The households owning relatively large patches of agricultural land have been traditionally engaging the households with little or no land to sharecrop on their fields in a large part of rural India. This has been partly because of short supply of labour within the landowning households. More importantly, however, it is because a majority of landowning households belongs to the higher strata in the caste-hierarchy who were not inclined to directly engage in the low-status agricultural work. Agricultural work also involved drudgery, and the landowning community, in order to strike a trade-off between drudgery and agricultural income normally chose sharecropping over cultivating the land on their own. Sharecropping households (commonly referred to as tenants) were normally expected to supply the entire labouring input and bear half of the capital inputs to claim half share of the total produce.
Sharecropping as a social-economic phenomenon has not been adequately studied. However, in Indian Marxian writing tradition, sharecropping is viewed as a form of exploitation where surplus generated by the tenant class is appropriated by the landowning class by virtue of their possessing the means of production (land). Such appropriation is directly in terms of the produce and is not mediated through the market in terms of price and wages. It is thus closer to the feudal production relations. Sharecropping in this view is thus termed as semi-feudalism.
The practice of sharecropping is undergoing a large-scale modification with significant implications in Uttar Pradesh plains for rural social and economic structures due to introduction of technology, especially the tractors and mechanized threshing, and better provisioning of irrigation facilities. Use of technology in farming has reduced the drudgery and raised the status of agricultural work. This factor along with improvements in agricultural productivity due to better irrigation facilities and improved agricultural practices is encouraging the landowners to get directly involved in cultivating their own fields. At the same time this has also increased their bargaining power. The situation is further compounded by the fact that due to increase in population, landholdings have become smaller, and there are many more households looking for fields to sharecrop. The sharecroppers are thus finding it increasingly difficult to secure land for sharecropping.
Although detailed data for entire belt of Uttar Pradesh plains are not available, a sample survey of ten canal-irrigated villages in Ramabai Nagar (erstwhile Kanpur Dehat) district reveals that more than 40% of the land that used to be sharecropped earlier is now being cultivated by the landowners themselves. There is no security of tenure on the remaining land. Landowners try to split their fields among different sharecroppers. Investment terms are also negotiated and decided afresh every year. Excepting in cases of strong traditional landowner-sharecroppers relations based on the trust of landowners, the sharecroppers do not get the half share of the produce; it has been reduced to one-third, and in some cases, to one-fourth. Almost all the cases of half-share tenancy involve the absentee landowners, who find it convenient and safe to continue with their trusted sharecroppers.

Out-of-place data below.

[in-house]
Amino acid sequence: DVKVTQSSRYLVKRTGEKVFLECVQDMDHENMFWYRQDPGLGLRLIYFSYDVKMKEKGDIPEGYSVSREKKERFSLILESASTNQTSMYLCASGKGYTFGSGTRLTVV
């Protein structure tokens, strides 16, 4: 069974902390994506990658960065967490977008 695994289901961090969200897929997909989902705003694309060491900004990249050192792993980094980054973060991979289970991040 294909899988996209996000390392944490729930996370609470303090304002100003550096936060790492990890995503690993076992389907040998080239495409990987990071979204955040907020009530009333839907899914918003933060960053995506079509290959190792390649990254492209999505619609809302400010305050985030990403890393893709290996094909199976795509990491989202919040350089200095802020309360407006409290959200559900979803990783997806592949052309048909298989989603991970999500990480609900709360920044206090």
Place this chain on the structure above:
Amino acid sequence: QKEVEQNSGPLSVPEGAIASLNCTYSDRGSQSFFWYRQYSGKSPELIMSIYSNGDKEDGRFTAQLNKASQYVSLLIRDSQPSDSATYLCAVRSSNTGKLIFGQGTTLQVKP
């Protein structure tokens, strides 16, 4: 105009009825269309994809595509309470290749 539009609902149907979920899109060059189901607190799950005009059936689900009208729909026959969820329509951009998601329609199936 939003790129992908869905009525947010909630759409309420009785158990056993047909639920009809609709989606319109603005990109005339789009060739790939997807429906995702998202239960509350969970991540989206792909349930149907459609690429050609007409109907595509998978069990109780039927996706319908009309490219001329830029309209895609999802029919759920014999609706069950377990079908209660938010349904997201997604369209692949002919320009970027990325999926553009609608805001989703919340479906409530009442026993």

While labouring inputs have to be provided by sharecroppers, capital investments are shared according to the agreed sharing pattern of the produce, i.e., either one-third or one-fourth. Competition among the sharecroppers however encourages the landowners to demand for extra capital inputs. It is very common for them to ask for additional sacs of fertilizers for securing the rights of sharecropping on their land. Such additional inputs are outside sharing arrangements and whoever offers such inputs in greater quantities gets the land to sharecrop. One villager says that this is because there is no unity among the sharecroppers and they try to ‘bribe’ the landowners to allow them to sharecrop on their land. There seems to be a pervading sense of helplessness among the sharecroppers, as Narayani of Pratappur village points out that ‘it is like we keep earning and keep filling their coffers’. On being asked why they keep doing that, she says that the landless households like hers do not have many livelihood options in the village.